Sometimes, Hollywood takes historical liberties to absurd lengths, as in Mel Gibson Rambo-wanna-be The Patriot. In others, such as Lawrence of Arabia, the film’s director is more subtle. Lawrence is one of my favorite movies, but it has its own problems of authenticity. Many of the Arabs are played by Latin Americans. And England’s Alec Guinness certainly was not of Middle Eastern stock. I would be a fool to take Lawrence as a true history of what happened in the Arab revolt of World War I. Is it historical? Surely. But Lawrence is trying to tell a great story about a great man, not please perfectionist historians.
Filmmakers must please their audience and investors foremost, which is why they annoy historians to no end. Really, academics are too hard on Hollywood. Were I make a film about my own life, I’d hire actors and probably have to change filming locations that sacrificed historical accuracy for convenience. Three girlfriends would turn into one. Four years of events might be condensed down to a minute of screen time. I can’t think of a single Hollywood movie that does not take great license with what happened in the past.
In Richard McCaslin’s review of the Robert E. Lee documentary that aired last year on American Experience, he criticizes not the film’s factual merits, but its interpretive inconsistencies, simplistic attention to subjects such as slavery (which, McCaslin argues, places Lee too much in a proslavery light), and its overemphasis on battles and military leadership. McCaslin probably expects too much of a film that’s less than 90 minutes long and is intended for non-Civil War experts.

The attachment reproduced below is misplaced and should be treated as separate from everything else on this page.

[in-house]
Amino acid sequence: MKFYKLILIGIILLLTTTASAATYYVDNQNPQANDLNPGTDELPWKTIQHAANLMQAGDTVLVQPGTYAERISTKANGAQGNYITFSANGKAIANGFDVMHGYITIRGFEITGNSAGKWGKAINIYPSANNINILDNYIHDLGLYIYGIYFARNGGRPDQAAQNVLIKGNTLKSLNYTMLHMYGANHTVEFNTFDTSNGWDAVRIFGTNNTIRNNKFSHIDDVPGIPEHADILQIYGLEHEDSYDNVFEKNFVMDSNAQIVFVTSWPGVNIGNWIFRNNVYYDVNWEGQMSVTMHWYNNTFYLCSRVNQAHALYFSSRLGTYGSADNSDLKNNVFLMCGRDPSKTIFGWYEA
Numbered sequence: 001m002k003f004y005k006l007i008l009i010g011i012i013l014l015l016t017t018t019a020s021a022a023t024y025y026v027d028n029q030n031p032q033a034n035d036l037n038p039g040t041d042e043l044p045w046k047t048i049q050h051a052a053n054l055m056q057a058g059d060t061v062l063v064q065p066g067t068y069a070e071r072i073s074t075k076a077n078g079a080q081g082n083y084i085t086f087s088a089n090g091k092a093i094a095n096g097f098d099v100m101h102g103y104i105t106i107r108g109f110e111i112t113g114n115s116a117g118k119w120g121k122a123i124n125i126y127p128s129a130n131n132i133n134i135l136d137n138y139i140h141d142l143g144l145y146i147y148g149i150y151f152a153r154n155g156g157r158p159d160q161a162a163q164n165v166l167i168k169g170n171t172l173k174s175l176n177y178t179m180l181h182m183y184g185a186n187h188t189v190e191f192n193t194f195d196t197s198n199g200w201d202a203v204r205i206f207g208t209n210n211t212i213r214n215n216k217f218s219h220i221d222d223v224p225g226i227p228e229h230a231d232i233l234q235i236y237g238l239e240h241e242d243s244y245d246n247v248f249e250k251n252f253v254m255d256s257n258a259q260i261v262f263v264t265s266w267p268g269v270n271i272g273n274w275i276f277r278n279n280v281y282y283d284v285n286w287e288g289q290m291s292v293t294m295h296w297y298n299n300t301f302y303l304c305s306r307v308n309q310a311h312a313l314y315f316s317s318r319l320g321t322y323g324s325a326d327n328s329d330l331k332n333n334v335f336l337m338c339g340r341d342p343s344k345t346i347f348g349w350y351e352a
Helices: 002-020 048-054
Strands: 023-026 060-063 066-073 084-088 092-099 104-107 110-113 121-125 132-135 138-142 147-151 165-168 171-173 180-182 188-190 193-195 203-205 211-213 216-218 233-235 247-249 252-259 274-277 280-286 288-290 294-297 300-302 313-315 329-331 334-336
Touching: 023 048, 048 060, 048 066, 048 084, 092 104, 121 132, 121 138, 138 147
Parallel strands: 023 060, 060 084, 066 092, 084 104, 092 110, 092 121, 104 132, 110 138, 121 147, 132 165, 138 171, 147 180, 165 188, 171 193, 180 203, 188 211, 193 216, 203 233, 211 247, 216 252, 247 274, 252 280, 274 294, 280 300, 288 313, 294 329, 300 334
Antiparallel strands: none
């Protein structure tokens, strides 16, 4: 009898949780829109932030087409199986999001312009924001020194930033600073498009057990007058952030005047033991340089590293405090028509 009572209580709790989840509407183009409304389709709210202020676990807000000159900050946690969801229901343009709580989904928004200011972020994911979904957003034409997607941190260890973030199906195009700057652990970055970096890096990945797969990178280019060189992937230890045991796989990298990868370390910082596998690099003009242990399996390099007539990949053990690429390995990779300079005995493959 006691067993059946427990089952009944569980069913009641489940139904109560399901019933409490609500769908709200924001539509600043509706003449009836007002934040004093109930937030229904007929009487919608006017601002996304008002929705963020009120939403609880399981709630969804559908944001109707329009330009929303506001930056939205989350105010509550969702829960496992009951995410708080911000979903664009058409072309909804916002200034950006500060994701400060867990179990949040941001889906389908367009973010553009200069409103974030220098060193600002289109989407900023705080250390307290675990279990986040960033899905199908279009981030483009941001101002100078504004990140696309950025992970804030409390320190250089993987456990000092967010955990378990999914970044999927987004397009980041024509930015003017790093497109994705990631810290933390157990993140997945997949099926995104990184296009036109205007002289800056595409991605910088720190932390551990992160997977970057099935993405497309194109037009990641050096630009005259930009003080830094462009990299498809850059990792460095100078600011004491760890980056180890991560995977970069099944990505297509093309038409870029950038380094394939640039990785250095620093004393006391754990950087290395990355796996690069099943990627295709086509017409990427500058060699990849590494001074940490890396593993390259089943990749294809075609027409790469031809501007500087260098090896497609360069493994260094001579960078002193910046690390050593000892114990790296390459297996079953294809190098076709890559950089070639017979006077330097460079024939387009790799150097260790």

I saw the documentary, and it was a fine film for undergraduates to watch. Likely most young people, unlike McCaslin, who is an authority on the subject, know very little about Robert E. Lee. The American Experience documentary would be a good place to start. Undergraduates are not going to find as historical a portrait of Lee in a Hollywood film anytime soon.
So, for academics and history buffs, Hollywood can never get it right. Either films sacrifice accuracy for drama, or they get the history right but it’s not fresh enough. It would seem Ken Burns’ 9-hour 1990 documentary on the Civil War would be enough for anyone. Yet, there were some who complained that he left out things such as the 1861 battle of Wilson’s Creek. Others thought Shelby Foote was a mush-mouthed cracker who got too much screen time. You can never please everyone.
McCaslin disses Burns and historical documentaries in general, saying “very fine historians find themselves participating in projects intended mostly to reinforce stereotypes or pander to historical fads, which attract wary audiences and lead to better advertising opportunities. Ken Burns proved that this template can be effective, and legions of young filmmakers have followed his model for broadcasting success, to the distress of the many teachers who struggle to counteract their effect.” Okay. Well, all I can say is that Ken Burns was the one who got me interested in the Civil War. His documentary wasn’t perfect, but the history is solid. Apparently the millions of people who watched and bought the companion book to the series thought the same.
Steven Spielberg is making a film about Abraham Lincoln, and he’s been filming parts of it in my old stomping grounds in Richmond and Petersburg. I’m not sure how good the film will be, or how historically accurate (ack! Daniel Day Lewis, who plays Lincoln, is British!). But what I do know is that there will be historians ready to knock it down a peg.
Colin Woodward is a historian and archivist. He is the author of Marching Masters, Slavery, Race, and the Confederate Army during the Civil War (University of Virginia Press, 2014). He is writing a second book on Johnny Cash.